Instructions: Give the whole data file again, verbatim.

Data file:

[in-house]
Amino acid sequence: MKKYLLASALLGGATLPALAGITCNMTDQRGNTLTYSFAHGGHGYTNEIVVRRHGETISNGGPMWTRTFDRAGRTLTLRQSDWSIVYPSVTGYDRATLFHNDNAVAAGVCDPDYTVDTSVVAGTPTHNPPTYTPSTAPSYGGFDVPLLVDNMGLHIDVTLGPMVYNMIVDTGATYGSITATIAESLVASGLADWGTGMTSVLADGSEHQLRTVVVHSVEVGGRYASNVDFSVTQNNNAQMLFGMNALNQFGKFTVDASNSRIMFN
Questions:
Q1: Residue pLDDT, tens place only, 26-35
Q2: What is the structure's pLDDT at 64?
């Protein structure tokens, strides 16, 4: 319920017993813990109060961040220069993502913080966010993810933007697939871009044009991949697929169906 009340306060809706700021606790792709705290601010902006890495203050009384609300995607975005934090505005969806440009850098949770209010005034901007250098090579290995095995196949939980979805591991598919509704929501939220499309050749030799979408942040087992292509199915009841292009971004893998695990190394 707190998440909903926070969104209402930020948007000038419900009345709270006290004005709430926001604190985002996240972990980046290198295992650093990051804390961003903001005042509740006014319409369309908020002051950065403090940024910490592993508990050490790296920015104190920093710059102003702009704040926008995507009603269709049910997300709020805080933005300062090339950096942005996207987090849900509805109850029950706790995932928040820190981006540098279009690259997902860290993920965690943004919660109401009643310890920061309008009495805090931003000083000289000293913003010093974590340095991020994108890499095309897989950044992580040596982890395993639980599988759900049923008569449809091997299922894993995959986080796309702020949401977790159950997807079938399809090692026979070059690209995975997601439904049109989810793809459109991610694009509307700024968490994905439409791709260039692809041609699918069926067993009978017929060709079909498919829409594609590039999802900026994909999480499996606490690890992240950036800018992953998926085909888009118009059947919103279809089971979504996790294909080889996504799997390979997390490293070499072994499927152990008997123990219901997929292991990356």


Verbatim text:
[in-house]
Amino acid sequence: MKKYLLASALLGGATLPALAGITCNMTDQRGNTLTYSFAHGGHGYTNEIVVRRHGETISNGGPMWTRTFDRAGRTLTLRQSDWSIVYPSVTGYDRATLFHNDNAVAAGVCDPDYTVDTSVVAGTPTHNPPTYTPSTAPSYGGFDVPLLVDNMGLHIDVTLGPMVYNMIVDTGATYGSITATIAESLVASGLADWGTGMTSVLADGSEHQLRTVVVHSVEVGGRYASNVDFSVTQNNNAQMLFGMNALNQFGKFTVDASNSRIMFN
Questions:
Q1: Residue pLDDT, tens place only, 26-35
Q2: What is the structure's pLDDT at 64?
């Protein structure tokens, strides 16, 4: 319920017993813990109060961040220069993502913080966010993810933007697939871009044009991949697929169906 009340306060809706700021606790792709705290601010902006890495203050009384609300995607975005934090505005969806440009850098949770209010005034901007250098090579290995095995196949939980979805591991598919509704929501939220499309050749030799979408942040087992292509199915009841292009971004893998695990190394 707190998440909903926070969104209402930020948007000038419900009345709270006290004005709430926001604190985002996240972990980046290198295992650093990051804390961003903001005042509740006014319409369309908020002051950065403090940024910490592993508990050490790296920015104190920093710059102003702009704040926008995507009603269709049910997300709020805080933005300062090339950096942005996207987090849900509805109850029950706790995932928040820190981006540098279009690259997902860290993920965690943004919660109401009643310890920061309008009495805090931003000083000289000293913003010093974590340095991020994108890499095309897989950044992580040596982890395993639980599988759900049923008569449809091997299922894993995959986080796309702020949401977790159950997807079938399809090692026979070059690209995975997601439904049109989810793809459109991610694009509307700024968490994905439409791709260039692809041609699918069926067993009978017929060709079909498919829409594609590039999802900026994909999480499996606490690890992240950036800018992953998926085909888009118009059947919103279809089971979504996790294909080889996504799997390979997390490293070499072994499927152990008997123990219901997929292991990356």